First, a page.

All, but most directly the Divine Twins – the Spirit Twins (Wild Father/Lord of Plenty), the Earth Twins, the Air Twins, the Water Twins, and the Fire Twins – and the Weird Sisters.

Other related deities and entities associated with this deity

Wild Father/Lord of Plenty


The Holy Earth

Fairy Queen

White Ravens

Names and epithets

Queen of Stars, Mother Night, Lady of Heaven, Mother of All, Creator of All, Mother of Darkness, Lady of Dragons

Nótt, Naht, Niht, Nyx, Nox, Auðhumbla, Aranrhod, and Quakoralina are all extant Euro-American deities that can potentially work in this slot, for those pursuing specific cultures and mythologies.

Similar, though not exact, non-Euro-American deities that might also work are Kauket/Keket, Mut, Aditi, Tiamat, and Nammu.

Similar, though not exact, non-Euro-American deities that should not be used due to appropriation/oppression issues are Eingana and Nana Buluku.

Variations on this deity (aspects, regional forms, etc.)

Night has two major aspects – Cosmic Creator and Indwelling Mother

The Cosmic Creator is the vast unknowable, almost ineffable reach of space. Her appearance in this guise to me is completely inhuman and almost too much for human senses to take, even psychic ones.

The Indwelling Mother is both the soft, enveloping night, and the piece of darkness that dwells in every spirited thing in the form of their shadow. Her appearance in this guise to me is of a woman, pitch-dark skin and glowing silver-white hair, stars like crystals amid the locks, and all the immensity and depth of space in her eyes.

Common mistakes about this deity

She is not the moon or stars themselves, or anything associated with the moon and stars, but the actual void of space, which descends as dark night on earth as we turn away from the sun. We see her only through the light of the souls she has gathered to herself (the stars), but we feel her any time the light has gone.

Festivals, days, and times sacred to this deity

Longest Night/Feast of the Mothers (winter solstice night)

Feast of the Dead

Dusk to dawn every day

Any mundane practices that are associated with this deity?

Wishing on the first star of the evening



How does this deity relate to other gods and other pantheons?


How does this deity stand in terms of gender and sexuality?

Given that her primary role in Waincraft myth is a self-impregnating woman-on-woman masturbation, followed by penetrative heterosexual sex with her son-consorts, Night is definitely one of those “all acts of love and pleasure” type of deities. All possible genders and sexualities are rooted in her.

What quality or qualities of this god do you most admire? What quality or qualities of them do you find the most troubling?

I admire her devotion, her caring, her love for everything from the smallest microbe to the largest galaxy.

Art that reminds you of this deity – not the moon bit, but the rest×768.jpg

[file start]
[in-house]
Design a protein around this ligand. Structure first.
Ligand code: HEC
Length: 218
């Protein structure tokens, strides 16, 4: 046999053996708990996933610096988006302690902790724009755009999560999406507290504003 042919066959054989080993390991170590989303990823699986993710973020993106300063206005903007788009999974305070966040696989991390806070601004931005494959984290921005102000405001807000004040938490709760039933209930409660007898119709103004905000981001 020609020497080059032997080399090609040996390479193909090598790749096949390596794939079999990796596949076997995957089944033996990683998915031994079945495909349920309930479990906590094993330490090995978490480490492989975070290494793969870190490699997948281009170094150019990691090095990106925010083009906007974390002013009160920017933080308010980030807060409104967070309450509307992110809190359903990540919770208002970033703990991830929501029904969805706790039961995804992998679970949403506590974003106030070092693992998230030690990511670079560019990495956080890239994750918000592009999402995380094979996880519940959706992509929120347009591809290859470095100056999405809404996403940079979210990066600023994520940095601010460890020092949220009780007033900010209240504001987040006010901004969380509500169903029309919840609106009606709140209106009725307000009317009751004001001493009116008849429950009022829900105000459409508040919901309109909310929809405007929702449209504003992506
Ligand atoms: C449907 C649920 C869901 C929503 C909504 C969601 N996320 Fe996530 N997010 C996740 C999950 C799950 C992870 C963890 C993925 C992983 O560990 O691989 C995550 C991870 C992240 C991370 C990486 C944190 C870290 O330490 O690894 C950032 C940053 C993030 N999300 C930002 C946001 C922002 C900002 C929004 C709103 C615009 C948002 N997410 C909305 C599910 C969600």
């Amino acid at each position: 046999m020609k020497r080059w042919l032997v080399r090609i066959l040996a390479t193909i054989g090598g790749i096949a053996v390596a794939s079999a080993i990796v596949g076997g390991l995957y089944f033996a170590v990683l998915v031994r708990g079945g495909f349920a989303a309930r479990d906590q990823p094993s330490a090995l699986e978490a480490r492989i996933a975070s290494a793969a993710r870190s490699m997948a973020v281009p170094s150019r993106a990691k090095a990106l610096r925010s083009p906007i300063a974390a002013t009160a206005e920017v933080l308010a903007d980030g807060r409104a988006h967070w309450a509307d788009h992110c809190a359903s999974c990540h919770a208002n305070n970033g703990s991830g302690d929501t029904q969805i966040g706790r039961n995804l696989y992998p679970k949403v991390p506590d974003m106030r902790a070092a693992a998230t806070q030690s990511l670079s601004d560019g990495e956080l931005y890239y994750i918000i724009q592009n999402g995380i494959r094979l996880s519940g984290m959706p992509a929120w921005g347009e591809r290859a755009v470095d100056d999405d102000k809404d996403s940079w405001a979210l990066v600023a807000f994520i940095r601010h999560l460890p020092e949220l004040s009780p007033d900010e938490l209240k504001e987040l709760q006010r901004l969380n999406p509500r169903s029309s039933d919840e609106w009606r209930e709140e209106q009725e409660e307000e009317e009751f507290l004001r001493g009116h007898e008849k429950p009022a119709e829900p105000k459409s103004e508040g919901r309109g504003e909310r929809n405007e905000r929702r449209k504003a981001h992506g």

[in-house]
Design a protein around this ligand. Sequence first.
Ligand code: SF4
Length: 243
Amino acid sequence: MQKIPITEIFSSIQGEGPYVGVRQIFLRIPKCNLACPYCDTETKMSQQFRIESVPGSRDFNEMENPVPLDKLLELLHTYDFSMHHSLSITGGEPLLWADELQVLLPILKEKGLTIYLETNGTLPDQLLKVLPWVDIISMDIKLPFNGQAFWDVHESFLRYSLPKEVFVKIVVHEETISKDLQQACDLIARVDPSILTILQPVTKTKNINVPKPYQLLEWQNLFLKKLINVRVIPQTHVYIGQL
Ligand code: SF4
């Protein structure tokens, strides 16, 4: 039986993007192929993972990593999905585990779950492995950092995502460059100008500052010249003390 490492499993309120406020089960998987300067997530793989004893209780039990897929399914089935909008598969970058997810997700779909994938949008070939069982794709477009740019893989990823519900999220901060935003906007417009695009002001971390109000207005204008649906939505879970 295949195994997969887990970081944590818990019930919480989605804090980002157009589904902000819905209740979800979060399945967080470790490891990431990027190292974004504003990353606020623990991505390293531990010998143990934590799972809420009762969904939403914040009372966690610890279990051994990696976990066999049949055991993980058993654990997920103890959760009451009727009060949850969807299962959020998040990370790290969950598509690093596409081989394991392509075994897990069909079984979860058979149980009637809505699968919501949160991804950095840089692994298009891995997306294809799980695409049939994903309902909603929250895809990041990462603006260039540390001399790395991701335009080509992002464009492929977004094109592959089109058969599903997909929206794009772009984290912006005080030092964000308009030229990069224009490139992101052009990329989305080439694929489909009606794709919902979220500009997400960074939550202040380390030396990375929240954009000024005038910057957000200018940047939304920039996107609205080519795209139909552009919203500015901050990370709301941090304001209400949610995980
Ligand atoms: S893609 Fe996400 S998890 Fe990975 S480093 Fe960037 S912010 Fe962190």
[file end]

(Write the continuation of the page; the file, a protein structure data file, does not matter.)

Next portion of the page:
and everything here:

I also made a photomanipulation of her a few years ago:

Music that makes you think of this deity

“Wiegenlied: Guten Abend, gute Nacht,” Op. 49, No. 4, Johannes Brahms

Lux Æterna, Gÿorgi Ligeti

Stars and Midnight Blue, Enya

Paint the Sky with Stars, Enya

Sure on this Shining Night, Morten Lauridsen

Tonight Eternity Alone, René Clausen

A Night of Shooting Stars, Joe Hisaishi

Reaching for the Stars, Lisa Thiel and Ani Williams

Stars, Beth Quist

Under the Stars, Hans Zimmer

When You Wish Upon a Star, Cliff Edwards

A quote, a poem, or piece of writing that you think this deity resonates strongly with

“Every atom in your body came from a star that exploded. And, the atoms in your left hand probably came from a different star than your right hand. It really is the most poetic thing I know about physics: You are all stardust. You couldn’t be here if stars hadn’t exploded, because the elements – the carbon, nitrogen, oxygen, iron, all the things that matter for evolution and for life – weren’t created at the beginning of time. They were created in the nuclear furnaces of stars, and the only way for them to get into your body is if those stars were kind enough to explode.”- Lawrence M. Krauss

Any interesting or unusual UPG to share?

SPG between several people has been that Night, being the very first god, is not only the mother of humans and the Waincraft powers, but also various other mythologies’ pantheons and spirits, including elves and fairies, the Vanir and Jotnar, Abrahamic angels and demons and their non-Hebrew/Levantine/Mesopotamian counterparts, and certain Hindu gods and spirits.

Any suggestions for others just starting to learn about this deity?

Get out and commune with her. Nothing will teach you more about the night than actually experiencing it. Learn about space, about all the wonders of astronomy, about how we all got here. Learn about biology and evolution and how everything comes from star-dust. Learn about nocturnal animals, learn about animals and plants that live in darkness their whole lives.